ali g interviewing noam chomsky

Streaming video here.

Facing change (peak oil)

THE PARADIGM IS THE ENEMY: The State of the Peak Oil Movement at the Cusp of Collapse

Michael Ruppert possesses one of the more encyclopedic knowledge’s of what’s going on in the world politically economically and strategically regarding oil, and this speech from yesterday is well worth a read for his take on where we are and where we’re going.

In it he links to Post-Soviet Lessons for a Post-American Century, a fascinating article by a Russian guy about what we can learn from having watched the USSR’s collapse.

In that article he diagnoses denial of the basic situation as a significant component of the problem, ending with:

But these are all details; the point I really want to make is that proposing resource wars, even as a worst-case scenario, is still a form of denial. The implicit assumption is this: if all else fails, we will go to war; we will win; the oil will flow again, and we will be back to business as usual in no time. Again, I would suggest against waiting around for the success of a global police action to redirect the lion’s share of the dwindling world oil supplies toward the United States.

This is a point I’ve been making repeatedly: the real stopping block is in our heads – call it denial if you want – stuck in habits of thought and action. These need to change before our actions change – at least, in order to avoid circumstance forcing a much less desirable change upon us.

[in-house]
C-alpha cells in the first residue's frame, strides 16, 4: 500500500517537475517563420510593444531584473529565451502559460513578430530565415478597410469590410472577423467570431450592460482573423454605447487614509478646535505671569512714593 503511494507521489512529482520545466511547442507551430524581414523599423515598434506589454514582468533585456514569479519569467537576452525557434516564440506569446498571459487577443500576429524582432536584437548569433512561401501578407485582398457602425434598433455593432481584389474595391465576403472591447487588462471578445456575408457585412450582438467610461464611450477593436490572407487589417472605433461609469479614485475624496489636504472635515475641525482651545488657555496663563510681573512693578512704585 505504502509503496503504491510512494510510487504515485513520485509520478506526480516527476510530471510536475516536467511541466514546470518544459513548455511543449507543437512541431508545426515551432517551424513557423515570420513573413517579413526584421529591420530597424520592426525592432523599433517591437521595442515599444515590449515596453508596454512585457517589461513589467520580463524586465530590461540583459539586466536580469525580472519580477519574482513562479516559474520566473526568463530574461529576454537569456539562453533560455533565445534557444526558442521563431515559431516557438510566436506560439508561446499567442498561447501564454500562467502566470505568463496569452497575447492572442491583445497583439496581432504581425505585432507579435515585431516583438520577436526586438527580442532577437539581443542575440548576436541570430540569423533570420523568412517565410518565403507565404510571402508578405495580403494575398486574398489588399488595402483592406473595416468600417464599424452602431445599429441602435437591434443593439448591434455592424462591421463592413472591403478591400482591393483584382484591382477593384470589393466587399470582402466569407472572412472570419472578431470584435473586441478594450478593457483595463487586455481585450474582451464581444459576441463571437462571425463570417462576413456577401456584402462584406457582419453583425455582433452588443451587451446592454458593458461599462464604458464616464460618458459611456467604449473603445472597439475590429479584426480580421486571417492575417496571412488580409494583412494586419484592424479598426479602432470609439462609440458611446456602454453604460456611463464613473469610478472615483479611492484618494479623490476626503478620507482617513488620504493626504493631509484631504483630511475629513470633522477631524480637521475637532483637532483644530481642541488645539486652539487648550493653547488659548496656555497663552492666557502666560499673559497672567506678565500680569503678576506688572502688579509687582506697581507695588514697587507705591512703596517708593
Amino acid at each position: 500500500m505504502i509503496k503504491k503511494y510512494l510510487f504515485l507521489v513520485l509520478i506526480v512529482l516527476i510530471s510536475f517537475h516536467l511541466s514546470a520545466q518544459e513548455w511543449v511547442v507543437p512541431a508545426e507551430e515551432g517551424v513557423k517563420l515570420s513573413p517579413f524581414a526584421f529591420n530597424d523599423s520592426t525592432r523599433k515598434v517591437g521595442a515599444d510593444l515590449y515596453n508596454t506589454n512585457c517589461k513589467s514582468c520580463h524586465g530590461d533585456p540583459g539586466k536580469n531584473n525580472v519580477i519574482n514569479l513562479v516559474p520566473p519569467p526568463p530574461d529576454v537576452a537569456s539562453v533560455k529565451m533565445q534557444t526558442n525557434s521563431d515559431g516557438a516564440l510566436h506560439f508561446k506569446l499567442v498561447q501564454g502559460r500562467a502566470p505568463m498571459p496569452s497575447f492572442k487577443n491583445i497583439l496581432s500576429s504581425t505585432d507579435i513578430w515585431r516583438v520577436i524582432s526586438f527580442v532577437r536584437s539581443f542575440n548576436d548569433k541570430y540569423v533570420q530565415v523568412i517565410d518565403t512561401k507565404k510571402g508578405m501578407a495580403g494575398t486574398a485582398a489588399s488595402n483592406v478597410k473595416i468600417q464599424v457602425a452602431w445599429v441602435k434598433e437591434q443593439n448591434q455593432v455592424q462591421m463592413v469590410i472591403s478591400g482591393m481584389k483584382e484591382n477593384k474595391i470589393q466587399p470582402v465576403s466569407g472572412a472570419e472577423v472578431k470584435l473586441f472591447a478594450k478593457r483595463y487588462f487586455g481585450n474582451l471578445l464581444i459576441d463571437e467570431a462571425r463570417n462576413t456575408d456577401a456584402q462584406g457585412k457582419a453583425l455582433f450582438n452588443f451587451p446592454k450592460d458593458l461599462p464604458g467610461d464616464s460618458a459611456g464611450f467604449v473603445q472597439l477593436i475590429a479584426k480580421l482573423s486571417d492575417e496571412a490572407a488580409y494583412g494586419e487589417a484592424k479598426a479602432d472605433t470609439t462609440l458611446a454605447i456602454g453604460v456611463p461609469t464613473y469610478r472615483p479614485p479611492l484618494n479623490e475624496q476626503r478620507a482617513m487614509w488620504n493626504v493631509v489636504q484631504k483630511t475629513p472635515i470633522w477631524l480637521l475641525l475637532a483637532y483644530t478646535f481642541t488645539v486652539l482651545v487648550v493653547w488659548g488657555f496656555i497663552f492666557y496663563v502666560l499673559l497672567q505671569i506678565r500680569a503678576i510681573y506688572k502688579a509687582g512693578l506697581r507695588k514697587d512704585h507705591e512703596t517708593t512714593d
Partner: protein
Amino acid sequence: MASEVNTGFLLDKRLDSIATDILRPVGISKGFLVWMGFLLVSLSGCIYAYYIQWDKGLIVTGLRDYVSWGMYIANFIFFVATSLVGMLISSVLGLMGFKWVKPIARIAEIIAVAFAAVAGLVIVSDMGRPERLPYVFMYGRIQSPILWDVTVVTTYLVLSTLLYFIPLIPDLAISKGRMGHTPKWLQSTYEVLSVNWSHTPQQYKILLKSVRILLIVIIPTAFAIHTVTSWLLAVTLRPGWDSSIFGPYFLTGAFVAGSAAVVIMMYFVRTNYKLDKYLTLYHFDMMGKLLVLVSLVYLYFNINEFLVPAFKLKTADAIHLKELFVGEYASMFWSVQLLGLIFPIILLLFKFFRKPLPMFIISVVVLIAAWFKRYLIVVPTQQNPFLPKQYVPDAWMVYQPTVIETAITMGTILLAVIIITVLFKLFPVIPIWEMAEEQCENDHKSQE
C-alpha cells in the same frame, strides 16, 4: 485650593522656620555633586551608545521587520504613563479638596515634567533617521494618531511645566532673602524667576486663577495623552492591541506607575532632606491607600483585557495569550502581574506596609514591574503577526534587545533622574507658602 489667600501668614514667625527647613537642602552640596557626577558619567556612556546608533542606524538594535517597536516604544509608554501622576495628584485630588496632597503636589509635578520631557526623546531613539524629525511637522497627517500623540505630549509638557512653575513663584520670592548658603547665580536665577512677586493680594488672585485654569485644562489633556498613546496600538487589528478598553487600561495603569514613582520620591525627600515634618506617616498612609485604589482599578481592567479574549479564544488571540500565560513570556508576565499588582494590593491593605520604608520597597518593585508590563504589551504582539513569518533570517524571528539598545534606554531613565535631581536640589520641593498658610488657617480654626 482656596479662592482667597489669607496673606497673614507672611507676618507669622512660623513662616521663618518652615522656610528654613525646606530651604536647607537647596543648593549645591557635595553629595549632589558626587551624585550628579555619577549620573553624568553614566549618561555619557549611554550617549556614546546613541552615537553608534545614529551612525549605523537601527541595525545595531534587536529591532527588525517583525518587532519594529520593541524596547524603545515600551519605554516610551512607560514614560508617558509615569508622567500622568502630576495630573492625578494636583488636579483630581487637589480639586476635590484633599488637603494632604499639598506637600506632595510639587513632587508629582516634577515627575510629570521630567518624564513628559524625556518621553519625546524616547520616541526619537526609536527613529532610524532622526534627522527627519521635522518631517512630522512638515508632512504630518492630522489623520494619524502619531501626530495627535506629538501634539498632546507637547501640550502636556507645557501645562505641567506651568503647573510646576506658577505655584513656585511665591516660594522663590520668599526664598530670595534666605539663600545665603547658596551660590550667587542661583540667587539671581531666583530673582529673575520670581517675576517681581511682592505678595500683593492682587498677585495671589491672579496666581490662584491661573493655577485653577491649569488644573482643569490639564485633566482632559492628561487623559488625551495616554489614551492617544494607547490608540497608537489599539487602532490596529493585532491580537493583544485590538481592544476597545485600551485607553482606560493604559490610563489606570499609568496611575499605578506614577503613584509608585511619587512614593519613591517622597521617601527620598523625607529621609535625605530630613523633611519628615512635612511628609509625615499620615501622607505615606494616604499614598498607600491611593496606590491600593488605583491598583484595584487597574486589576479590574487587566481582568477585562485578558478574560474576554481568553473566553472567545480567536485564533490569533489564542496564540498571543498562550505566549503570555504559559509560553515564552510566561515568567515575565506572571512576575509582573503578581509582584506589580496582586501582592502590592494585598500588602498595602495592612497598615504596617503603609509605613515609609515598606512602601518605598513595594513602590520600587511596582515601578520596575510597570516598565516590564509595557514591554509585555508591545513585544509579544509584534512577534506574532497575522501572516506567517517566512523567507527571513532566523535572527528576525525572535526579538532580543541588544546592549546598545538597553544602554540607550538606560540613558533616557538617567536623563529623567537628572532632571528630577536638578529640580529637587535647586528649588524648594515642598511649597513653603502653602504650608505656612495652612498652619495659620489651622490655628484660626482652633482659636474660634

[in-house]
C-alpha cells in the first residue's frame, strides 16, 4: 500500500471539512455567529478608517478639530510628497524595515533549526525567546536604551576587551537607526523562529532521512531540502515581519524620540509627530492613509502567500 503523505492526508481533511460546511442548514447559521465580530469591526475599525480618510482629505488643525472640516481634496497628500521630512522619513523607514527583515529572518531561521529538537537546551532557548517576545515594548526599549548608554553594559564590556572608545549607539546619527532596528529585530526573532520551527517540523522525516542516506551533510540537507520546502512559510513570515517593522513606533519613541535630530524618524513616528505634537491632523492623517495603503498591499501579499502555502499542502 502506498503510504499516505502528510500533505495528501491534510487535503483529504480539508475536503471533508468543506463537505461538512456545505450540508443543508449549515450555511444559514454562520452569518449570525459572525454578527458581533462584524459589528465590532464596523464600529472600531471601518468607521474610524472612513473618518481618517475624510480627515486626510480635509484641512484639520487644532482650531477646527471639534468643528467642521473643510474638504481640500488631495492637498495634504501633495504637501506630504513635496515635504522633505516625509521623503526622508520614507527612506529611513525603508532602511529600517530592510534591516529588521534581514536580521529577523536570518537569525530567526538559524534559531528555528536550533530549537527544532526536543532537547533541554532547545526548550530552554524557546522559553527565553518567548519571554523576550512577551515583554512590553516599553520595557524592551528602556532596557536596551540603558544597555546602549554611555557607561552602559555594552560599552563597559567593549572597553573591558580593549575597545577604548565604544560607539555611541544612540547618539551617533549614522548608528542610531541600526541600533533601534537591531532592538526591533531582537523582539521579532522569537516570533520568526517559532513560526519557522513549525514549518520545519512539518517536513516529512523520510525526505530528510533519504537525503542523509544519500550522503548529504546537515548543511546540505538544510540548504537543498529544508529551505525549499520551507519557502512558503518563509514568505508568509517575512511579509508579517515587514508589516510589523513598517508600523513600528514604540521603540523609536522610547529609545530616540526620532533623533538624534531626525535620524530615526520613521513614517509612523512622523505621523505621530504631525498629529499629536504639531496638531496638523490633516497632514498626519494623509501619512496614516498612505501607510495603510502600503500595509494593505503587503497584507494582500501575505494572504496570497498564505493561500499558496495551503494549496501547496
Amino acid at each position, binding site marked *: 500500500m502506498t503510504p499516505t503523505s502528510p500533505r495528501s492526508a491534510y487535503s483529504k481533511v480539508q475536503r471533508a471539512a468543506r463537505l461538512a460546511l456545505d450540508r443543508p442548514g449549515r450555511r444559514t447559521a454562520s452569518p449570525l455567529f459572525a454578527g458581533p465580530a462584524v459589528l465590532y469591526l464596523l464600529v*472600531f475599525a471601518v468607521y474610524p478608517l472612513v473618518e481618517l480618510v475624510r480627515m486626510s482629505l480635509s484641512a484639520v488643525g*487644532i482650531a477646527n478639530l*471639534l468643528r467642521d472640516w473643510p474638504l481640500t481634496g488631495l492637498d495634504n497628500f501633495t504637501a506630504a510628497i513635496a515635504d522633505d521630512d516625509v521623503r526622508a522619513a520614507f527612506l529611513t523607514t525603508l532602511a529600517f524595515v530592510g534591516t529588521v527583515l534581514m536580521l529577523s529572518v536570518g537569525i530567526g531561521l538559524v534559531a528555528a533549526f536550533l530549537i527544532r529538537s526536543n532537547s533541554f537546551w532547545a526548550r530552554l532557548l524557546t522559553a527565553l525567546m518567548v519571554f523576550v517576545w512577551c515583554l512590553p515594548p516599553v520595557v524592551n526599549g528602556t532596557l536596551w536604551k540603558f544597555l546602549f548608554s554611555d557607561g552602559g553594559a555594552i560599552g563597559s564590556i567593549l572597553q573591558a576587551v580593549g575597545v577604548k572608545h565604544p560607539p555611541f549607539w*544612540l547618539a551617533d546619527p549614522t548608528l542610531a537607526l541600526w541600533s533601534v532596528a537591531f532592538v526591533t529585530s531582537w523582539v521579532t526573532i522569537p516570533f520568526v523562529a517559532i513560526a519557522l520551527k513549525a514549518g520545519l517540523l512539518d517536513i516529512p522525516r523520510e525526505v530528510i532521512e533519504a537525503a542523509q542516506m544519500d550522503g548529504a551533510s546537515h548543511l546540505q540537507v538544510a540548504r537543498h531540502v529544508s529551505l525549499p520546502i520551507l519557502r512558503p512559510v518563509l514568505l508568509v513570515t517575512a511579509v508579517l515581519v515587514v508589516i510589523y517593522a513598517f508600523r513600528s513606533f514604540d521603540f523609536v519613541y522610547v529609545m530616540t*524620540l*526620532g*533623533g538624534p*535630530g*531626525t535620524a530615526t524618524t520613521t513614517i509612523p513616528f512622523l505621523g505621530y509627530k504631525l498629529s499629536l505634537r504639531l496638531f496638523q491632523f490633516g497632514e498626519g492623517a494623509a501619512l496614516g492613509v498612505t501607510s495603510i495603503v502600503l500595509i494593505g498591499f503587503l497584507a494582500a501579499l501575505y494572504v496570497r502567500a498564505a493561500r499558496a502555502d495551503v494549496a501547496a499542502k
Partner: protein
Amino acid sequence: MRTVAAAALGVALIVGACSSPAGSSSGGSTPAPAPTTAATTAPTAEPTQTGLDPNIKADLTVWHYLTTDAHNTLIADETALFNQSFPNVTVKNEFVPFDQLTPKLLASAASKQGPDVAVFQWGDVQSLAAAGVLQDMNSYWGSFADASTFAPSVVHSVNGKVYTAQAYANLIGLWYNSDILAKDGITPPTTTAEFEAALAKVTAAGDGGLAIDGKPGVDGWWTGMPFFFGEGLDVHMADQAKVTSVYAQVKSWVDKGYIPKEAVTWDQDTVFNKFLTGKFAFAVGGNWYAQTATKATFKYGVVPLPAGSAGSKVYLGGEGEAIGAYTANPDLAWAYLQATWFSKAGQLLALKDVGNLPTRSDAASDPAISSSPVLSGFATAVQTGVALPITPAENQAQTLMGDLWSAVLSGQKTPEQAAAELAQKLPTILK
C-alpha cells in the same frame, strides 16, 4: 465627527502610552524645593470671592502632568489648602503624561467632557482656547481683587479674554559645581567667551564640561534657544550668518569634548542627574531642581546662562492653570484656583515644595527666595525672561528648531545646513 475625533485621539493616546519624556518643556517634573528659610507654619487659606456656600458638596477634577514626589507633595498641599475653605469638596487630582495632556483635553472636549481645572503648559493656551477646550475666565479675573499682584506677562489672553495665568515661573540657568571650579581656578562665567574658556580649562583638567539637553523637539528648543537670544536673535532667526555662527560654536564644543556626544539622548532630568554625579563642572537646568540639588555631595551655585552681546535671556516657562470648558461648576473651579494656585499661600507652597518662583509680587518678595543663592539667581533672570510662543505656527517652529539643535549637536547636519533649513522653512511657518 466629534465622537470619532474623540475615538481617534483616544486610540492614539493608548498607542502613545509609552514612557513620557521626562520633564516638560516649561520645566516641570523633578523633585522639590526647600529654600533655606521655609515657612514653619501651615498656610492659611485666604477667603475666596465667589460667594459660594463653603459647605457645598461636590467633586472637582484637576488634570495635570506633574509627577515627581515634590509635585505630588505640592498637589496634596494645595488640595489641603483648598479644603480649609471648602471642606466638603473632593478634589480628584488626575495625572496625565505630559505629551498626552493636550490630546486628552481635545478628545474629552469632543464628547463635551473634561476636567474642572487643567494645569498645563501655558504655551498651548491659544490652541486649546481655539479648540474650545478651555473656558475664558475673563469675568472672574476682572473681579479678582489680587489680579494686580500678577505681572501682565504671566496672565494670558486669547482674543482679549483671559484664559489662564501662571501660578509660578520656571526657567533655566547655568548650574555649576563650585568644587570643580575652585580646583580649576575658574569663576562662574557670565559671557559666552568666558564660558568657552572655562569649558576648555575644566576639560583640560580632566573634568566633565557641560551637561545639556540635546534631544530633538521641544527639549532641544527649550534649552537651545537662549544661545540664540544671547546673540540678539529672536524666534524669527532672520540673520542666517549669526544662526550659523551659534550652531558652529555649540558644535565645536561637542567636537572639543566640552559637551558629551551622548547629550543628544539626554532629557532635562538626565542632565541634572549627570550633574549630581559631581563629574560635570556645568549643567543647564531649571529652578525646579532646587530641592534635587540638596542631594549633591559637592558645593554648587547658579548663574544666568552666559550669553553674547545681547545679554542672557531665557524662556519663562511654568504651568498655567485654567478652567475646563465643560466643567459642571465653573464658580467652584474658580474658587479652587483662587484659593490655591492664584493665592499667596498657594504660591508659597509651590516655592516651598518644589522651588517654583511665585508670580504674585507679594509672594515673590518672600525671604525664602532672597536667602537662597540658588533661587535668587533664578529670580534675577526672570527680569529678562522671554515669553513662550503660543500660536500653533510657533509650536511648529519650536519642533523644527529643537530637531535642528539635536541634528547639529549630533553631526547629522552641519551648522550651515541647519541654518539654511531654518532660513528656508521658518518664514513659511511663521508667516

We are facing change. Change means change. Change means thinking about things continuing on as they are is stupid and limited.

What tends to collapse rather suddenly is the economy. Economies, too, are known to collapse, and do so with far greater regularity than civilizations. An economy does not collapse into a black hole from which no light can escape. Instead, something else happens: society begins to spontaneously reconfigure itself, establish new relationships, and evolve new rules, in order to find a point of equilibrium at a lower rate of resource expenditure.

He goes on to note this process tends to kill a lot of people, who lack any useful survival skills. (Incidentally, the latest song Idle Faction has written is called Survival Skills. This stuff’s on my mind.)

i smoked crack with the baby jesus

Neil Young’s new album will apparently feature a song called Let’s Impeach The President.
Here are the lyrics:

Let’s impeach the president for lying
And leading our country into war
Abusing all the power that we gave him
And shipping all our money out the door

He’s the man who hired all the criminals
The White House shadows who hide behind closed doors
And bend the facts to fit with their new stories
Of why we have to send our men to war

Let’s impeach the president for spying
On citizens inside their own homes
Breaking every law in the country
By tapping our computers and telephones

What if Al Qaeda blew up the levees
Would New Orleans have been safer that way
Sheltered by our government’s protection
Or was someone just not home that day?

Let’s impeach the president
For hijacking our religion and using it to get elected
Dividing our country into colors
And still leaving black people neglected

Thank god he’s cracking down on steroids
Since he sold his old baseball team
There’s lot of people looking at big trouble
But of course the president is clean

Thank God

Will a song change anything? Bob Dylan never thought his songs would change the world. Maybe it just gives us something to blog about.